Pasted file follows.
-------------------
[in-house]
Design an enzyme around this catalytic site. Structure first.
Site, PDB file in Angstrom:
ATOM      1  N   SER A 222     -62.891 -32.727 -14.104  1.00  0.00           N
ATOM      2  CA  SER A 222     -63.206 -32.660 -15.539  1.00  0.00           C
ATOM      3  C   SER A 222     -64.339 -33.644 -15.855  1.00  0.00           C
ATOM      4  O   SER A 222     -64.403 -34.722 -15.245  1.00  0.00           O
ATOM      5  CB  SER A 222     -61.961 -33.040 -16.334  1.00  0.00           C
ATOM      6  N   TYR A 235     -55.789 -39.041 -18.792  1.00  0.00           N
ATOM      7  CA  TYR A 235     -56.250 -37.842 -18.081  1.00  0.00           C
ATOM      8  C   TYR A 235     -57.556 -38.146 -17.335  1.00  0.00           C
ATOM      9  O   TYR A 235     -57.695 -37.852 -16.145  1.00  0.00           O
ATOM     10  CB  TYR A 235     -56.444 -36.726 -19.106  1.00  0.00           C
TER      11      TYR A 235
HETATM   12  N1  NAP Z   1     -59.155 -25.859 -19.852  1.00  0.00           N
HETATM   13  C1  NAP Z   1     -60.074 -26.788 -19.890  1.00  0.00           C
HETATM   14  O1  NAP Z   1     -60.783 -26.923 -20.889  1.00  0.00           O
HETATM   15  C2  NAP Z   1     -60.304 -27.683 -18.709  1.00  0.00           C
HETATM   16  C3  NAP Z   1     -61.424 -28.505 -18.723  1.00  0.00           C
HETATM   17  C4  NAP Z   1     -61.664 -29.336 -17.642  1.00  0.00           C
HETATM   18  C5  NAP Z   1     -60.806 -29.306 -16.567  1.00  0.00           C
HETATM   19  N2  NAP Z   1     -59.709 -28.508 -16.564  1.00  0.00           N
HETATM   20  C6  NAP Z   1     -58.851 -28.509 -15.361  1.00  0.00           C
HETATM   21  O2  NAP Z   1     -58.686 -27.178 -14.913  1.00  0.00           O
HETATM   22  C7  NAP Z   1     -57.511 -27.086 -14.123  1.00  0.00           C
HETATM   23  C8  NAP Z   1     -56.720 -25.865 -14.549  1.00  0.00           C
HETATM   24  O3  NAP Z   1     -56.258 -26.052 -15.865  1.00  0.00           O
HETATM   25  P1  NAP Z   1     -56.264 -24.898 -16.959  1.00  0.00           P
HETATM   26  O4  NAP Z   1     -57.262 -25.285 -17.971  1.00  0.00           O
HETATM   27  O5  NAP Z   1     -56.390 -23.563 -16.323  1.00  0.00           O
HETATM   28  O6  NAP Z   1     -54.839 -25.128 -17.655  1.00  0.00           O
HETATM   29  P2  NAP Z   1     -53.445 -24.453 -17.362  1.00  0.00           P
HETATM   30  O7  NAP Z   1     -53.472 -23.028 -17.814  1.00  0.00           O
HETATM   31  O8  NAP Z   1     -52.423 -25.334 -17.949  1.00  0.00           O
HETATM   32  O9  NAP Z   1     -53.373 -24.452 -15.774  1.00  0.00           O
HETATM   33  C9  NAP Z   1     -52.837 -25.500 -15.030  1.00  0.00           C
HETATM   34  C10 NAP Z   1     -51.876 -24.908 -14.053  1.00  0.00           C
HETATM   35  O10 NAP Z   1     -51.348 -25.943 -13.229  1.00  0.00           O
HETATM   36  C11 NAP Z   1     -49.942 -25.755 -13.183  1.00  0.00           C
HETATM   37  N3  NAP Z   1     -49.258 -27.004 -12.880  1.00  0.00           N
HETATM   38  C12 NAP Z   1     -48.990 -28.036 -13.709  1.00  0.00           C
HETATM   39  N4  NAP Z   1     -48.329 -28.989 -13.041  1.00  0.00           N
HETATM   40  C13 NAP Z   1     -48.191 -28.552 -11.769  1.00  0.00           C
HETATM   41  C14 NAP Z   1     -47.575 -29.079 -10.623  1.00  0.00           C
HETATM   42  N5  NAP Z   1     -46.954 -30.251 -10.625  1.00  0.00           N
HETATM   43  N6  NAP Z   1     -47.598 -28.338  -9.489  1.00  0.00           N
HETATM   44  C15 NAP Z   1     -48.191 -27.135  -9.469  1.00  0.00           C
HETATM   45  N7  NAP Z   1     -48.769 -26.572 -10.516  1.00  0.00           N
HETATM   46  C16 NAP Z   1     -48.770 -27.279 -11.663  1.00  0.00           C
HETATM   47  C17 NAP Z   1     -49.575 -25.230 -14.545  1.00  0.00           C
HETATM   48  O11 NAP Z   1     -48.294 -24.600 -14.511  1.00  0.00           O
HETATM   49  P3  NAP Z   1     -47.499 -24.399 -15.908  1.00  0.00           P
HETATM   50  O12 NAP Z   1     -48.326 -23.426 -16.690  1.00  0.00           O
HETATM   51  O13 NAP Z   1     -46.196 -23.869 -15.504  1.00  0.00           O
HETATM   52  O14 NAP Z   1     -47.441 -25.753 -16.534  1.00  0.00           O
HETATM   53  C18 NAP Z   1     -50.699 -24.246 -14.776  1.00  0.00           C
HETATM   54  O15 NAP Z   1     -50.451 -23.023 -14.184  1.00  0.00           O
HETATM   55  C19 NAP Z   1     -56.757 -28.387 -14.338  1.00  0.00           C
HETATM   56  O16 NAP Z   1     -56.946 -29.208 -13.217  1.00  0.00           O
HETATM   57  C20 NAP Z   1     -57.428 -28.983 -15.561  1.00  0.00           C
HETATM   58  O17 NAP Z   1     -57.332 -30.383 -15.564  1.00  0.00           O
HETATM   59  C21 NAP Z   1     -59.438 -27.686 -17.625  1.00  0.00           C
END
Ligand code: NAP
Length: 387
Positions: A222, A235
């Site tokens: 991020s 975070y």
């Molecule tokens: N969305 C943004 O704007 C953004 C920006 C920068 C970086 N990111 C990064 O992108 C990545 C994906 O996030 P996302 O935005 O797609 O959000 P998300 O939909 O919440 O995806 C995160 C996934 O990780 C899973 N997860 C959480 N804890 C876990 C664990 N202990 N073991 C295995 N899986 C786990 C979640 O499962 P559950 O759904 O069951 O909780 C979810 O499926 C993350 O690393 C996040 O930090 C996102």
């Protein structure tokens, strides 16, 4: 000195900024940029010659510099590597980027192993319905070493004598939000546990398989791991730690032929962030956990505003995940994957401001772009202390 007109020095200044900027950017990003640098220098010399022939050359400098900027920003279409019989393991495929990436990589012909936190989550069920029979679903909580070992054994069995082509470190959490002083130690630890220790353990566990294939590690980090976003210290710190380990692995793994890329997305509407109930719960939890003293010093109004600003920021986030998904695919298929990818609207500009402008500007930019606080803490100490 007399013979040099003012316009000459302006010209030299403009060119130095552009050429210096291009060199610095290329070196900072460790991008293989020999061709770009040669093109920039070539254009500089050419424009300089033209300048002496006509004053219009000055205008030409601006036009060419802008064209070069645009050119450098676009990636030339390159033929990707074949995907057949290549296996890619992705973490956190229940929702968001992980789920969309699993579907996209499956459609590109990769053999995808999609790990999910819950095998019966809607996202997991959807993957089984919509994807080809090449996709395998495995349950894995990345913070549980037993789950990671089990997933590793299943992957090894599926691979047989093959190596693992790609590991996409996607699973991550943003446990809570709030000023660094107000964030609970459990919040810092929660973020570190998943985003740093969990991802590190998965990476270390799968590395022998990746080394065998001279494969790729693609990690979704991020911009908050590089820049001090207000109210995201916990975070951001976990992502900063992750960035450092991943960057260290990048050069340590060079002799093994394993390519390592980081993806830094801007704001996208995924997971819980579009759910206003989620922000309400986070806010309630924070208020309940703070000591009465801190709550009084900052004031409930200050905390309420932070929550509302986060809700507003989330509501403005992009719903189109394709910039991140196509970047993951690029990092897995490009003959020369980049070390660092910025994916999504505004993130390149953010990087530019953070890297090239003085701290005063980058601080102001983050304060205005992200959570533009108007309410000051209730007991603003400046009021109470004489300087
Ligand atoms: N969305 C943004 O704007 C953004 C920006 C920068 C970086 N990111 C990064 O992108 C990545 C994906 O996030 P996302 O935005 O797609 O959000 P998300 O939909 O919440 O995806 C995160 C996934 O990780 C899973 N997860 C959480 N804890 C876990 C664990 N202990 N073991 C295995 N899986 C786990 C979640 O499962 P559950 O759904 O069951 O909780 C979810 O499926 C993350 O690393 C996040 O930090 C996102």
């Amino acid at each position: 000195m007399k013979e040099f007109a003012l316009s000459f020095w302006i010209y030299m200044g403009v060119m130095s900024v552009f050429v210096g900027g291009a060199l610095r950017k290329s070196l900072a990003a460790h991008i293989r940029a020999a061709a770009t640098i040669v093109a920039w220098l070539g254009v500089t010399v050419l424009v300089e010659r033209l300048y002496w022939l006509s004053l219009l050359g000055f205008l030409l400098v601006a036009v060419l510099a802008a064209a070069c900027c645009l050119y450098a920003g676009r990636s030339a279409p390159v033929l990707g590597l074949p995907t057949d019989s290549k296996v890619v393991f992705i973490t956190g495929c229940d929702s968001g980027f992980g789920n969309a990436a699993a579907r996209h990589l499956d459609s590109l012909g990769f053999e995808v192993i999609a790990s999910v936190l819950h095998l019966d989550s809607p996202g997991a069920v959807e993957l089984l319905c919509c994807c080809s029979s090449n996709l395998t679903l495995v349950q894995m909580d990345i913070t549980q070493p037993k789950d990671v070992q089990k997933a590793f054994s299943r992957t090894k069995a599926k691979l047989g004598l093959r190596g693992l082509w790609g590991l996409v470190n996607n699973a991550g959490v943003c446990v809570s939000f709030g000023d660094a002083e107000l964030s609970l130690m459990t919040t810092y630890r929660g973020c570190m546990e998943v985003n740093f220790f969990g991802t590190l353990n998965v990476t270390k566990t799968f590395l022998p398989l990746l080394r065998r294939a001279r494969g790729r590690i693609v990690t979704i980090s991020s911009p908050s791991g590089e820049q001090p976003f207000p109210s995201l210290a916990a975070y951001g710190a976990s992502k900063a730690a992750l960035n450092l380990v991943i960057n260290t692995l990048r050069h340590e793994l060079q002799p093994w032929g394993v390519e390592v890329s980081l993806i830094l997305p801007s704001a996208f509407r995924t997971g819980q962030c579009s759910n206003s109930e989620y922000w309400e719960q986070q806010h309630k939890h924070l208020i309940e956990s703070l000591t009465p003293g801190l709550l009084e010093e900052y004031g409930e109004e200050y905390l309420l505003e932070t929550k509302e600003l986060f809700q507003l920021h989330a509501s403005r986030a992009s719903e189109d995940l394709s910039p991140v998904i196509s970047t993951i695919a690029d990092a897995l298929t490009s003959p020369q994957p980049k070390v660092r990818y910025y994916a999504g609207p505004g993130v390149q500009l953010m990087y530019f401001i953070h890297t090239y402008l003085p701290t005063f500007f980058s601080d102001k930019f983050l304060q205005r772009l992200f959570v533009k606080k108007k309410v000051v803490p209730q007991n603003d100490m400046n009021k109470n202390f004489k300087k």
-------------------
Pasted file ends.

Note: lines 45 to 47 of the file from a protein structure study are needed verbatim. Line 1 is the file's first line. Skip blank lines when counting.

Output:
HETATM   42  N5  NAP Z   1     -46.954 -30.251 -10.625  1.00  0.00           N
HETATM   43  N6  NAP Z   1     -47.598 -28.338  -9.489  1.00  0.00           N
HETATM   44  C15 NAP Z   1     -48.191 -27.135  -9.469  1.00  0.00           C